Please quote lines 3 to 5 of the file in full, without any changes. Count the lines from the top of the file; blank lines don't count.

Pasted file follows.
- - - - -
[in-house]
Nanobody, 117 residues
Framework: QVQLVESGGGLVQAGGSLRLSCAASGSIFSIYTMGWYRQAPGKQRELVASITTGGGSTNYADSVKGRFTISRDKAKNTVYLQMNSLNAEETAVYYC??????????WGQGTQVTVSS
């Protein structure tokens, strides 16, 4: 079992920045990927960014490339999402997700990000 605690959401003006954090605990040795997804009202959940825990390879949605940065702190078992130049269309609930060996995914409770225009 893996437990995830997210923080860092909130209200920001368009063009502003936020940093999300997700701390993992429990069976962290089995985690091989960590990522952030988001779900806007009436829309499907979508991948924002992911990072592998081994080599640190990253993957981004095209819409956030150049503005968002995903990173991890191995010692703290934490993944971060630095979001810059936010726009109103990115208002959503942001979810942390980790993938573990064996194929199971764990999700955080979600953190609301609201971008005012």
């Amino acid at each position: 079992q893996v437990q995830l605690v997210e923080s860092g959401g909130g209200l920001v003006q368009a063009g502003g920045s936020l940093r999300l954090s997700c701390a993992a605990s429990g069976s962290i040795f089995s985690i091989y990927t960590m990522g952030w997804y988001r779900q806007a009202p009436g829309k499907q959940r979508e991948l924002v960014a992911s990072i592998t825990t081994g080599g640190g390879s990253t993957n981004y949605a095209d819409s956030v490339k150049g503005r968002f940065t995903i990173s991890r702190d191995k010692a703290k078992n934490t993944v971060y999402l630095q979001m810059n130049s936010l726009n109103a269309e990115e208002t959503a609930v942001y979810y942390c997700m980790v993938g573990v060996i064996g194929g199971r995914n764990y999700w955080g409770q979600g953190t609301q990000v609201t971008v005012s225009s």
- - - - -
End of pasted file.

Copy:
Framework: QVQLVESGGGLVQAGGSLRLSCAASGSIFSIYTMGWYRQAPGKQRELVASITTGGGSTNYADSVKGRFTISRDKAKNTVYLQMNSLNAEETAVYYC??????????WGQGTQVTVSS
């Protein structure tokens, strides 16, 4: 079992920045990927960014490339999402997700990000 605690959401003006954090605990040795997804009202959940825990390879949605940065702190078992130049269309609930060996995914409770225009 893996437990995830997210923080860092909130209200920001368009063009502003936020940093999300997700701390993992429990069976962290089995985690091989960590990522952030988001779900806007009436829309499907979508991948924002992911990072592998081994080599640190990253993957981004095209819409956030150049503005968002995903990173991890191995010692703290934490993944971060630095979001810059936010726009109103990115208002959503942001979810942390980790993938573990064996194929199971764990999700955080979600953190609301609201971008005012």
């Amino acid at each position: 079992q893996v437990q995830l605690v997210e923080s860092g959401g909130g209200l920001v003006q368009a063009g502003g920045s936020l940093r999300l954090s997700c701390a993992a605990s429990g069976s962290i040795f089995s985690i091989y990927t960590m990522g952030w997804y988001r779900q806007a009202p009436g829309k499907q959940r979508e991948l924002v960014a992911s990072i592998t825990t081994g080599g640190g390879s990253t993957n981004y949605a095209d819409s956030v490339k150049g503005r968002f940065t995903i990173s991890r702190d191995k010692a703290k078992n934490t993944v971060y999402l630095q979001m810059n130049s936010l726009n109103a269309e990115e208002t959503a609930v942001y979810y942390c997700m980790v993938g573990v060996i064996g194929g199971r995914n764990y999700w955080g409770q979600g953190t609301q990000v609201t971008v005012s225009s």